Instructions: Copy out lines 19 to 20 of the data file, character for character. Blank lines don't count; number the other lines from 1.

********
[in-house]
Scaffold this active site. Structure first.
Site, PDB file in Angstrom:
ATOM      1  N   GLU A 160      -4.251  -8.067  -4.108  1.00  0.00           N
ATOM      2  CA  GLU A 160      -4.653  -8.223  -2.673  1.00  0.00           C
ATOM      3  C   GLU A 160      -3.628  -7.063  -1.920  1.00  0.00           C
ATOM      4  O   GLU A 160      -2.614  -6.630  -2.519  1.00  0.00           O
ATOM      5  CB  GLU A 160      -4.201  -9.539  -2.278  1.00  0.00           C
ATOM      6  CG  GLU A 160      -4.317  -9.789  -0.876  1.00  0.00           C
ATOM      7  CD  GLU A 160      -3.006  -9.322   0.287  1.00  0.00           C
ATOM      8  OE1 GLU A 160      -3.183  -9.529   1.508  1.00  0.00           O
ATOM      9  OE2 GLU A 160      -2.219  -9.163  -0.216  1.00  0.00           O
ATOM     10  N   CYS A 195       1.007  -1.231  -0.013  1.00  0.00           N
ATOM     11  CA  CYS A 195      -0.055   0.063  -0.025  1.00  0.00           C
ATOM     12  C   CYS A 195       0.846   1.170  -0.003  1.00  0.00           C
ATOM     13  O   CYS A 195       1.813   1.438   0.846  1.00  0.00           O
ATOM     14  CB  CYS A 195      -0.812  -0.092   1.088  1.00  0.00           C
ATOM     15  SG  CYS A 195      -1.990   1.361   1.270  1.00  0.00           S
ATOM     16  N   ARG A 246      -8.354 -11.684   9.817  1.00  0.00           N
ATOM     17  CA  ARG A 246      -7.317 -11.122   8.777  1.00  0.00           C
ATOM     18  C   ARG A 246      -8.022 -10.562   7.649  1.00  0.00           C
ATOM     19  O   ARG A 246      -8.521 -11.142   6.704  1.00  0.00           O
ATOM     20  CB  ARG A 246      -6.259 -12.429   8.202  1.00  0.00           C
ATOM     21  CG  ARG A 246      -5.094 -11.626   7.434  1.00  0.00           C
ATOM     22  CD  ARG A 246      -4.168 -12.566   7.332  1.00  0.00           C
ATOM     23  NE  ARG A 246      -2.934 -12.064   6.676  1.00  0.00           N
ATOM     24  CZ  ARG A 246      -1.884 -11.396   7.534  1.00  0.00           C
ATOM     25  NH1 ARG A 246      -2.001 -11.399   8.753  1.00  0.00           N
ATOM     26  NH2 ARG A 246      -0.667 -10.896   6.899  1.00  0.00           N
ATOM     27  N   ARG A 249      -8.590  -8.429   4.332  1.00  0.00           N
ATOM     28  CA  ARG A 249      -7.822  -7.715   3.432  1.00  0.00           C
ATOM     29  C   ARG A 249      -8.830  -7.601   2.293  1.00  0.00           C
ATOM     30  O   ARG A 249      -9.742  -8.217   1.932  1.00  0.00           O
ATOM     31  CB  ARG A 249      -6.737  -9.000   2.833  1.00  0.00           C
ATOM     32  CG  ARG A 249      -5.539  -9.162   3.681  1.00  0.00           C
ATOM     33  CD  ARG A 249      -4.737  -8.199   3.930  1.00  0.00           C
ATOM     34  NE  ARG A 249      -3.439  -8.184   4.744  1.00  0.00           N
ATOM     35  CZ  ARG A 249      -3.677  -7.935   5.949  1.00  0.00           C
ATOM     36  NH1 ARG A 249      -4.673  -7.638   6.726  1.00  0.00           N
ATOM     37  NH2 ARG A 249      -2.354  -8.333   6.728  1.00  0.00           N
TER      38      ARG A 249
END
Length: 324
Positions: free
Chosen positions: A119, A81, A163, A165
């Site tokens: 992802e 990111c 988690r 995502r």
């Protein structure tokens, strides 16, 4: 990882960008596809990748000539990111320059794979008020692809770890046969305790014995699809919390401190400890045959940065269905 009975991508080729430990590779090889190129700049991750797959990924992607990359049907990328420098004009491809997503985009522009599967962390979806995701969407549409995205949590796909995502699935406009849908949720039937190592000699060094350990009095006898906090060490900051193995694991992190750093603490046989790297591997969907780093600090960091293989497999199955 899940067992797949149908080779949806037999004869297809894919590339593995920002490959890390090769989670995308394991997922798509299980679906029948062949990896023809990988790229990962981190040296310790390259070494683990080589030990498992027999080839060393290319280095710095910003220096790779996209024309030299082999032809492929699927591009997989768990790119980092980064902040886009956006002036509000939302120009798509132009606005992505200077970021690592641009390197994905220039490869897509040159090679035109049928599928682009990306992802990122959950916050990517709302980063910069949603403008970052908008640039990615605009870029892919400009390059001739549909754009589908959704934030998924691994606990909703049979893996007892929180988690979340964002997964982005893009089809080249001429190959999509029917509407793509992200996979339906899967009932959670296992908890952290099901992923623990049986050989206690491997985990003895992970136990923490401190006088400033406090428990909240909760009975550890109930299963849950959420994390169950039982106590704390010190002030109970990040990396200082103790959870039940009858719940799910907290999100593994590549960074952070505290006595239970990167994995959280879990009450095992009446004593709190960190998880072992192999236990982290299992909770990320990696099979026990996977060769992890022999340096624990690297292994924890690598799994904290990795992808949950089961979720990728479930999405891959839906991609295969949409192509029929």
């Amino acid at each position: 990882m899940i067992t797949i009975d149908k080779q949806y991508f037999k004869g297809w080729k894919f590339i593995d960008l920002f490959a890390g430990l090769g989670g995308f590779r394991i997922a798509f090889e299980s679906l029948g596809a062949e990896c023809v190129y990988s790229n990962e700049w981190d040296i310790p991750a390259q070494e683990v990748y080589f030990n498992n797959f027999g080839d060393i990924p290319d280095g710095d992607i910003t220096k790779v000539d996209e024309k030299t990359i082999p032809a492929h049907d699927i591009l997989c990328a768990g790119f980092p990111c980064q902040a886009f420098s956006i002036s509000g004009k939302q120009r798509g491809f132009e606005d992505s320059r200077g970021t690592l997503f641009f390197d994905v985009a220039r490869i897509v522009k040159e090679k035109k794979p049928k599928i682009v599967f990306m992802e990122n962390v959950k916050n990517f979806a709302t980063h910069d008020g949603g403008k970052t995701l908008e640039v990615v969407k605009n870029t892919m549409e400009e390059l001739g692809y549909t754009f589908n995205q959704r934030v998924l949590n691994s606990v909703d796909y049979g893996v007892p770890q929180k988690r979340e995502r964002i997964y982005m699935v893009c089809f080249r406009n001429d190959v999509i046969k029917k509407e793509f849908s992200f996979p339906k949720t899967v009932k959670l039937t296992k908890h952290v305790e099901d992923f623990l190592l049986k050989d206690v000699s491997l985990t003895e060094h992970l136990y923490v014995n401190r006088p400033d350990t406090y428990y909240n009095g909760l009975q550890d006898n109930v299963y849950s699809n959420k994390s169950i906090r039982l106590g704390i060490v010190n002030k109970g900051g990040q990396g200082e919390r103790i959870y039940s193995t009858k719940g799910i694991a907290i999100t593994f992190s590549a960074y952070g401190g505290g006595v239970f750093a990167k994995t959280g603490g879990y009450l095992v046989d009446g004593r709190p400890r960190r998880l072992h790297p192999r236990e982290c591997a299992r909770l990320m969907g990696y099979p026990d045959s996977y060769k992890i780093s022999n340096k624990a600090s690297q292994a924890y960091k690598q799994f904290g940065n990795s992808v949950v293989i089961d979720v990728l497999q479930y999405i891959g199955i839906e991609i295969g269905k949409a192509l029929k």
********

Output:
ATOM     16  N   ARG A 246      -8.354 -11.684   9.817  1.00  0.00           N
ATOM     17  CA  ARG A 246      -7.317 -11.122   8.777  1.00  0.00           C